Now I just wrote that Alexanders’ advance was stopped at the eastern border of the (nowadays Indian part of the) Punjab. But why?

He had already defeated Poros, his most dangerous Indian enemy. So what did stop Alexander from conquering the rest of modern-day India?

In short: His own soldiers stopped Alexander the Great from further marching into India.

You have to realize that many of Alexanders’ soldiers had followed him from the beginning.

Yes, losses were replaced by new recruits, and veterans were left behind to inhabit newly founded cities. But a serious amount of Macedonian warriors had been with Alexander since the beginning of the campaign in the spring of 334 BC. And some had already served under Alexanders` father Philipp II of Macedon.

They were tired after marching all the way from Macedonia to the western regions of Modern-day India. Most of them wanted to call it a day and return home to their families.

In addition to that, the last 70 days of marching after the battle of the Hydaspes had been hell.

Alexander’s Army did not only have to fight their way through snake & Mosquitos-infested forests, but they also had to defeat local Indian warlords who used war elephants.

But their worst enemy was the weather! The Macedonians had never experienced a Monsoon. The hot and humid weather wore the already fatigued soldiers down. After the grueling 70 days march the Army arrived at the river Hypasis, the modern Beas River in India, where they learned of another giant river to the east.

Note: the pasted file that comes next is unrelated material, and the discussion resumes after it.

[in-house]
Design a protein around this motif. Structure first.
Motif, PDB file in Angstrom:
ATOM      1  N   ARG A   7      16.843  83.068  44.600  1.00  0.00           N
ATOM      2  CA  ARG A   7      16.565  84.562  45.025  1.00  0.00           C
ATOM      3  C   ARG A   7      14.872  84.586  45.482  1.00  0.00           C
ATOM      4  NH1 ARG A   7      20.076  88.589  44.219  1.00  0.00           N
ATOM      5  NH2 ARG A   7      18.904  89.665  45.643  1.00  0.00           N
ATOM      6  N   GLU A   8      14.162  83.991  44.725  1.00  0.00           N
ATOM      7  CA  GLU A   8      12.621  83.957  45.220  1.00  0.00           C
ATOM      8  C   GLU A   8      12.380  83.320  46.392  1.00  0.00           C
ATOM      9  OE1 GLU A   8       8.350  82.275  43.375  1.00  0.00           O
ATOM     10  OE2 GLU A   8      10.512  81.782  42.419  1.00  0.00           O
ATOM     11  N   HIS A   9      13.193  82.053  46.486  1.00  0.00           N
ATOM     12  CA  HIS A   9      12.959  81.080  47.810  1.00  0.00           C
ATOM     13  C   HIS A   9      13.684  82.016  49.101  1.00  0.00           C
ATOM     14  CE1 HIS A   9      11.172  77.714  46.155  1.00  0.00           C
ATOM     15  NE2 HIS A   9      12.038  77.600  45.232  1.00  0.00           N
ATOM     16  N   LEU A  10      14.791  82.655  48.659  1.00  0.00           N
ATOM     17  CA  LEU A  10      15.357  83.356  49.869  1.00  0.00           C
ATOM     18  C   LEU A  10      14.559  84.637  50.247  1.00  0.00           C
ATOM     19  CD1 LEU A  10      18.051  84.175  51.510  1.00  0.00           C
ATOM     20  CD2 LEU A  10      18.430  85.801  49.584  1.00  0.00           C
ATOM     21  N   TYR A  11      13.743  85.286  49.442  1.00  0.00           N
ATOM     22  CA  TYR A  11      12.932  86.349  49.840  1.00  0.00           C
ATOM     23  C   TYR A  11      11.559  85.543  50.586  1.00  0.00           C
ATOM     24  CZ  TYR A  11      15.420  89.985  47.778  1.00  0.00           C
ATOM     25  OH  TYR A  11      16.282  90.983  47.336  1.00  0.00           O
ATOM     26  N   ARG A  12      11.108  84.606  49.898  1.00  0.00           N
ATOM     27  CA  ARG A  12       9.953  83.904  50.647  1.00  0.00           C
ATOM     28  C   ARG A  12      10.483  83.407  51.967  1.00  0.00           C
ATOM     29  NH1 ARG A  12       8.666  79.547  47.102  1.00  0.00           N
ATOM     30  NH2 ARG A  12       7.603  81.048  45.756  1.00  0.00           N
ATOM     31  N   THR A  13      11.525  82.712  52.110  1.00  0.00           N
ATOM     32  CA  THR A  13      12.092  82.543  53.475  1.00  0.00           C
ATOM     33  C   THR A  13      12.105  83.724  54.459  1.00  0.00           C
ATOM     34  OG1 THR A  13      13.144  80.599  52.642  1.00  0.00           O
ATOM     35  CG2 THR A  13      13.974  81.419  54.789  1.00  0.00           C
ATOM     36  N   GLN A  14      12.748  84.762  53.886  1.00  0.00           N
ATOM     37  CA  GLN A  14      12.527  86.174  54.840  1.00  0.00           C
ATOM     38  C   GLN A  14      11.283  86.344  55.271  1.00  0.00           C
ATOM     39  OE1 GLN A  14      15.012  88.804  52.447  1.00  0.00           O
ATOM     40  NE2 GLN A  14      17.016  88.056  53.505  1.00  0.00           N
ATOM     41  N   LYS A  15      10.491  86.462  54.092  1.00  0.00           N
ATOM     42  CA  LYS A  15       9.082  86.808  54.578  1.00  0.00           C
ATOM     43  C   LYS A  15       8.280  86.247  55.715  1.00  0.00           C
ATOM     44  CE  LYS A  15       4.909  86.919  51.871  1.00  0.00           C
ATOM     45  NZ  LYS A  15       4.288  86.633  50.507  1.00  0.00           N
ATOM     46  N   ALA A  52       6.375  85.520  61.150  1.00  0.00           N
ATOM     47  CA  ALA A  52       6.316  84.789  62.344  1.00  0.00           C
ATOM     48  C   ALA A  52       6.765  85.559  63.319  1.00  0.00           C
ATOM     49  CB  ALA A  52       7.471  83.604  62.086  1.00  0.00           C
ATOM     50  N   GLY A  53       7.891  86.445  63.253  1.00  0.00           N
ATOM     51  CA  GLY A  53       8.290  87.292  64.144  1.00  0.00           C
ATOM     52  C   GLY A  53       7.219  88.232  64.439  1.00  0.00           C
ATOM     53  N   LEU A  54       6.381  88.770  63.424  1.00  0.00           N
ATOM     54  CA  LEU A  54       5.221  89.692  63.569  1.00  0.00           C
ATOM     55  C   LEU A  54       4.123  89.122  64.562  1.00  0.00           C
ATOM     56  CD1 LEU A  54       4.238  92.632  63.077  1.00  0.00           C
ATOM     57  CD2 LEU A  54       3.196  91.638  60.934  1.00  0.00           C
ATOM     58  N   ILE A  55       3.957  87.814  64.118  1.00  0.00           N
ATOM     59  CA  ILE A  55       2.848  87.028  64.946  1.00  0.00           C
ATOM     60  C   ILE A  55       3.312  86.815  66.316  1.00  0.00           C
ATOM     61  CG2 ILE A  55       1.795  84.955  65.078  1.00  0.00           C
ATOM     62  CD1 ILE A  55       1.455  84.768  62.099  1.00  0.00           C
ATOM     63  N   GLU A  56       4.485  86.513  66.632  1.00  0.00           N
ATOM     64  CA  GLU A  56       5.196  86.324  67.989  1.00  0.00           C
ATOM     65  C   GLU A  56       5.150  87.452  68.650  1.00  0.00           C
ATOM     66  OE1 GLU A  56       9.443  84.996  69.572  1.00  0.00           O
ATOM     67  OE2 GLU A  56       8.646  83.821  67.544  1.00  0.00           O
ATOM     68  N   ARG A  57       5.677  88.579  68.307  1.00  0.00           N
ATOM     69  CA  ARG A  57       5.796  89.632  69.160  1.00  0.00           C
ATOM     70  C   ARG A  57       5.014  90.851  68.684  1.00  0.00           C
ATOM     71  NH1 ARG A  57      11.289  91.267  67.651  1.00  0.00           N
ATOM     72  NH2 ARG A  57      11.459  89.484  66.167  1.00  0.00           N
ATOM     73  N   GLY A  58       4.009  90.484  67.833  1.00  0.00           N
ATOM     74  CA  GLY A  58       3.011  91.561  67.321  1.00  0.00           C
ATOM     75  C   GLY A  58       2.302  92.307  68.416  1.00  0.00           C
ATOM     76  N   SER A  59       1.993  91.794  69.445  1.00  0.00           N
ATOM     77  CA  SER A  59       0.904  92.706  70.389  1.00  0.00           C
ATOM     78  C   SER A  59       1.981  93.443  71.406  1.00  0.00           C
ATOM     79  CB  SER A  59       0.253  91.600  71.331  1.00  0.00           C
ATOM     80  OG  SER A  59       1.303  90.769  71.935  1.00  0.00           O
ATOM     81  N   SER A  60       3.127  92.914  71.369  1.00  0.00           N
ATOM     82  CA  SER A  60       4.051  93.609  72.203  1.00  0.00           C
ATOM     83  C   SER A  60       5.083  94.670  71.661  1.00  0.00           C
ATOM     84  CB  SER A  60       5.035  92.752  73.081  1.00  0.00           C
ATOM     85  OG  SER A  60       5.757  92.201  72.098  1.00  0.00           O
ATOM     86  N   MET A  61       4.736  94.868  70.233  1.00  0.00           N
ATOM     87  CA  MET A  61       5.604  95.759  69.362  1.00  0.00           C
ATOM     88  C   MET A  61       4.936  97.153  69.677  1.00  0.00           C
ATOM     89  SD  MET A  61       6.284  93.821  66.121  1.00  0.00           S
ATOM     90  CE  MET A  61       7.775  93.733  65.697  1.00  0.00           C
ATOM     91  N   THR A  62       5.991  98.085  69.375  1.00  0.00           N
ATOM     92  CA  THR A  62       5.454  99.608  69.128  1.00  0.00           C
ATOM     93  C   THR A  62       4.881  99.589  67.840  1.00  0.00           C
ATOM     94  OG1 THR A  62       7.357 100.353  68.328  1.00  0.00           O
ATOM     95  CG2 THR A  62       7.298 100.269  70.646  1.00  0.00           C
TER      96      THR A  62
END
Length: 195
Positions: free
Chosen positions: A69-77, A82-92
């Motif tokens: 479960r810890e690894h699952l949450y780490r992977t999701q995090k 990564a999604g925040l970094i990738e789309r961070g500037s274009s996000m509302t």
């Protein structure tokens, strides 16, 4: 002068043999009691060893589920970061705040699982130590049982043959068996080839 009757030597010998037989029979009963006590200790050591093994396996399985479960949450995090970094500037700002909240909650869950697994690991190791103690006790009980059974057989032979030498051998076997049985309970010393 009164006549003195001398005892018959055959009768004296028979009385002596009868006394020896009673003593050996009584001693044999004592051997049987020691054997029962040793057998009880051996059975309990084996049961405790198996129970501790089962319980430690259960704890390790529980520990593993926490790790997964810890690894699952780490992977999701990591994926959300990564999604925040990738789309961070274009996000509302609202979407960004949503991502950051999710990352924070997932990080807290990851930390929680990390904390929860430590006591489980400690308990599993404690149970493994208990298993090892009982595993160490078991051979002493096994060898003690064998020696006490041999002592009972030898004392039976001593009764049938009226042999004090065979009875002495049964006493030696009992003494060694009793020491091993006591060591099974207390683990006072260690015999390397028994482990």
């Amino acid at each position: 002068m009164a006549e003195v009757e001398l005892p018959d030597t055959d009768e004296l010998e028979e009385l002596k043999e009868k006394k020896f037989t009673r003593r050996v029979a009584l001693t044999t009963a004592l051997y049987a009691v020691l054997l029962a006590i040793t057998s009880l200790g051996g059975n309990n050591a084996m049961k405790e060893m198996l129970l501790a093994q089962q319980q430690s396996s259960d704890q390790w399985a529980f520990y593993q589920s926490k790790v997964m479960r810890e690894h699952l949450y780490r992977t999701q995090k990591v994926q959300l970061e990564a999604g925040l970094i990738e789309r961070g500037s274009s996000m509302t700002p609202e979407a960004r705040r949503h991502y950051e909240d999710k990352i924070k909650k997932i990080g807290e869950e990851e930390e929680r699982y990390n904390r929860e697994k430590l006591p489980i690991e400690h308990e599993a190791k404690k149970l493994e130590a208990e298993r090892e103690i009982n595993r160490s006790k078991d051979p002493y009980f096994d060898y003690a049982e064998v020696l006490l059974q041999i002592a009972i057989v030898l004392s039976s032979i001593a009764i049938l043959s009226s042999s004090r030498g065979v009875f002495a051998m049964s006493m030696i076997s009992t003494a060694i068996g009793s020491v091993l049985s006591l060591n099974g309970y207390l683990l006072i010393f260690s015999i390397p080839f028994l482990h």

That river was the Ganges and it was the perfect goal for Alexander. But his soldiers were completely exhausted.

During the 8 years from 334 to326 BC, the veteran soldiers of Alexander the Great had marched 20864,4 miles. That is 1603 miles per year!

During these 8 years, they had never mutinied against their leader.

But here, at the River Hypasis, they made it very clear that they were not willing to march any further. They feared that the Ganges would just be the next stopover and that they would never return home.

So they implied to Alexander that they might not be able & willing to fight the coming battles with the same dedication as the previous ones…

The refusal of his army hit Alexander hard. He spent the next 3 days in his tent thinking about his options and avoiding any contact with soldiers and officers.

After the 3 days, Alexander left his tent and announced the retreat.

The unwillingness of Alexanders’ soldiers to continue the march and the following retreat were the reasons why Alexander was not able to conquer India!

The Army marched back to the Indus river.

From here it started to make its way south along the banks of the Indus. And in November of 326 BC, the Indian Ocean was reached.

Here Alexander divided his army and led the smaller part through the gedrosian desert and back to Babylon.

During the march through the gedrosian desert, Alexander would lose 75% of his soldiers, all of them due to bad preparation and the rough environment.

But the Motive for that kind of homicidal undertaking is a story for another blog post.

Take care of yourself because you deserve it. You really do.

Until next time

Yours truly

Luke Reitzer


Source Punjab

P. Cartledge, Alexander the Great (2005).

Plutarch, The life of Alexander the Great.